Les Lavandieres en Provence - Lhermitte, Léon-Augustin

Fine Art

Lhermitte, Léon-Augustin


Les Lavandieres en Provence


Pastel on paper
9 x 12 inches (22.9 x 30.5 cm)
Framed: 19 x 22 inches (48.2 x 55.9 cm)
Signed lower right: Lhermitte


The Fine Art Society, London
Prince Ben Abdul Aziz al Sud, Saudi Arabia
Maurice Ishak (gifted from the above)
Frost & Reed, London
Mr and Mrs Michael Jackson, CA
Private Collection, Los Angeles


This work will be included in the supplement to the catalogue raisonné in preparation by Brame & Lorenceau and Monique Le Pelley-Fonetney.

The Comite Lhermitte has confirmed the authenticity of this work.


Leon L’Hermitte was born in 1844 and was still executing works in the French rural tradition at his death in 1925, making him the last in an illustrious group of artists dedicated to this genre. He showed artistic talent at a young age, and in 1863 left his home at Mont-Saint-Pere, Aisne for the Petite Ecole, where he studied with Horace Lecoq de Boisbaudran, in Paris. Lecoq was known for his program of training the visual memory of his students, and his theories had a profound effect on L’Hermitte. It was in his studio that L’Hermitte formed a life-long friendship with Cazin and also became acquainted with Legros, Fantin-Latour and Rodin. L’Hermitte sent his initial entry to the Salon in 1864 at the age of 19; he continued to exhibit charcoal drawings and paintings regularly and pastels after 1885, winning his first medal in 1874 with La Moisson (Musee de Carcassonne). Other prizes and honors came to L’Hermitte throughout his long career, including the Grand Prix at the Exhibition Universelle in 1889, the Diplome d’honneur at Dresden in 1890, and the Legion d’honneur. He was a founding member of the Societe Nationale des Beaux-Arts.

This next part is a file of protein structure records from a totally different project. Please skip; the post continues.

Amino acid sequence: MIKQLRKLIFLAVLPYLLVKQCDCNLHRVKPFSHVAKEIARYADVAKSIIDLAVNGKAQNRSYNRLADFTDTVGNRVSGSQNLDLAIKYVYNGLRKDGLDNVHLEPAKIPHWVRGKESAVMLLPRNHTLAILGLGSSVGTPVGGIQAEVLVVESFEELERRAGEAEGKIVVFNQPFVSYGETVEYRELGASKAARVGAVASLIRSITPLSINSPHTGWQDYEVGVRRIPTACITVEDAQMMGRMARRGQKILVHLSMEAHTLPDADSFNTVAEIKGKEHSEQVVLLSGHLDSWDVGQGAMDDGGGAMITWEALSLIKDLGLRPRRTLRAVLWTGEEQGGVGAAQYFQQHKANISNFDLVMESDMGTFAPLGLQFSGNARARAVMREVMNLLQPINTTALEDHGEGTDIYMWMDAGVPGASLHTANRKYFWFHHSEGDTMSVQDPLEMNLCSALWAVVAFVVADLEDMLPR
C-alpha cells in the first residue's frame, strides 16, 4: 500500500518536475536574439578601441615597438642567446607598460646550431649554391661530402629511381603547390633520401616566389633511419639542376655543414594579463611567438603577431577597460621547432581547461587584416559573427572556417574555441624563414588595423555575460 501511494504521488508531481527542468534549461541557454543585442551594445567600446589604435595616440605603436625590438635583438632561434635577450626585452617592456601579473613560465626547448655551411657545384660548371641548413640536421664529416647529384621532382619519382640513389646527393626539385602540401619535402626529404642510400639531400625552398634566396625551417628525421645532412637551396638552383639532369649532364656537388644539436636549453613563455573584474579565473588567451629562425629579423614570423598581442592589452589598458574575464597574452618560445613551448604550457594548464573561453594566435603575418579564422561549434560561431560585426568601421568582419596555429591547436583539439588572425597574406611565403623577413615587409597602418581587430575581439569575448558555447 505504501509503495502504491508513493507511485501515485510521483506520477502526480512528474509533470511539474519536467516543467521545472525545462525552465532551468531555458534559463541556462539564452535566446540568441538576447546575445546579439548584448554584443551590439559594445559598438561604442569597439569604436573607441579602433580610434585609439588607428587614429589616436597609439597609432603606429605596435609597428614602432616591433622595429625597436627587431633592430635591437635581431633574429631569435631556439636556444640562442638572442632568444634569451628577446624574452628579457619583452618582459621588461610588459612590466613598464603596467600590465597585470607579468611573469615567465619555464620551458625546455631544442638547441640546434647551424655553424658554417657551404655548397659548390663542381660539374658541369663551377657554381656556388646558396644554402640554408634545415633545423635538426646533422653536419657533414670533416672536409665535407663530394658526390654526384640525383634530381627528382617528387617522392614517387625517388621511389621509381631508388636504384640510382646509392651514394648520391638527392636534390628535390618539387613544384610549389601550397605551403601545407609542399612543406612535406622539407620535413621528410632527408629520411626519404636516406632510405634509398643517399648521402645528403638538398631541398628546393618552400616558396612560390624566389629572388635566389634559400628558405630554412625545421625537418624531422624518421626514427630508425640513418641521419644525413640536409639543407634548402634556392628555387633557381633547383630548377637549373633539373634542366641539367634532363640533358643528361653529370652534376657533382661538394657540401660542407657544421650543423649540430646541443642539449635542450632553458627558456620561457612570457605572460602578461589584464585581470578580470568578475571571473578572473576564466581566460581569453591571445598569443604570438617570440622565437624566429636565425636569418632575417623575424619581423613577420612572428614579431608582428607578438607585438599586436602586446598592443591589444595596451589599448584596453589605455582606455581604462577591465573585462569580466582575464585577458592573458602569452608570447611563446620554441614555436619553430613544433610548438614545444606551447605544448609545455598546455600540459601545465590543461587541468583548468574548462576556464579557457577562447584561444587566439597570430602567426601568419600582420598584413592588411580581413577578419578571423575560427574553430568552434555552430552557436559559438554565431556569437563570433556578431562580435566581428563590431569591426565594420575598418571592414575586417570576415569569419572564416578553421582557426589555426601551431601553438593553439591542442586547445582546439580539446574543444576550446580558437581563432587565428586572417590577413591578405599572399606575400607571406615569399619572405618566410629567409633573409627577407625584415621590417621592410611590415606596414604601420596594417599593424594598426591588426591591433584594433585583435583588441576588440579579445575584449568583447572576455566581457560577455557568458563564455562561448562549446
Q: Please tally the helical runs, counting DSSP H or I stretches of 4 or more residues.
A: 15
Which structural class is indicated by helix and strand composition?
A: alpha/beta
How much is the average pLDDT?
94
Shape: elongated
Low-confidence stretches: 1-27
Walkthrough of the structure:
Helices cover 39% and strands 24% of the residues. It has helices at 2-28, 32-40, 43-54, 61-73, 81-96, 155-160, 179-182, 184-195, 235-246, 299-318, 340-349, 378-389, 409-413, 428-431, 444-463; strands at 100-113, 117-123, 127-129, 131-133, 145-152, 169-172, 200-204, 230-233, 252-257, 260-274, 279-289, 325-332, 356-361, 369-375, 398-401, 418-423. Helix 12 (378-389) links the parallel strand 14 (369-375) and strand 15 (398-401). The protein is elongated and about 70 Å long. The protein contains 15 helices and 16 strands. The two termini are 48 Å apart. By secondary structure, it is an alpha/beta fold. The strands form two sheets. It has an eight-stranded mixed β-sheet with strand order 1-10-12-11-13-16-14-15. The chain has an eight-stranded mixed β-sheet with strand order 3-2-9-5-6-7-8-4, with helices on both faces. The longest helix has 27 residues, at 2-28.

Les Lavandieres en Provence features a group of rural French women attending to domestic chores. The washer women toil to complete their laundry in a landscape rich with yellows and browns. L’Hermitte depicts these women of Provence both sympathetically and realistically. Although the facial features are vague due to their impressionistic rendering in pastel, the humanity of the women is immediately evident.

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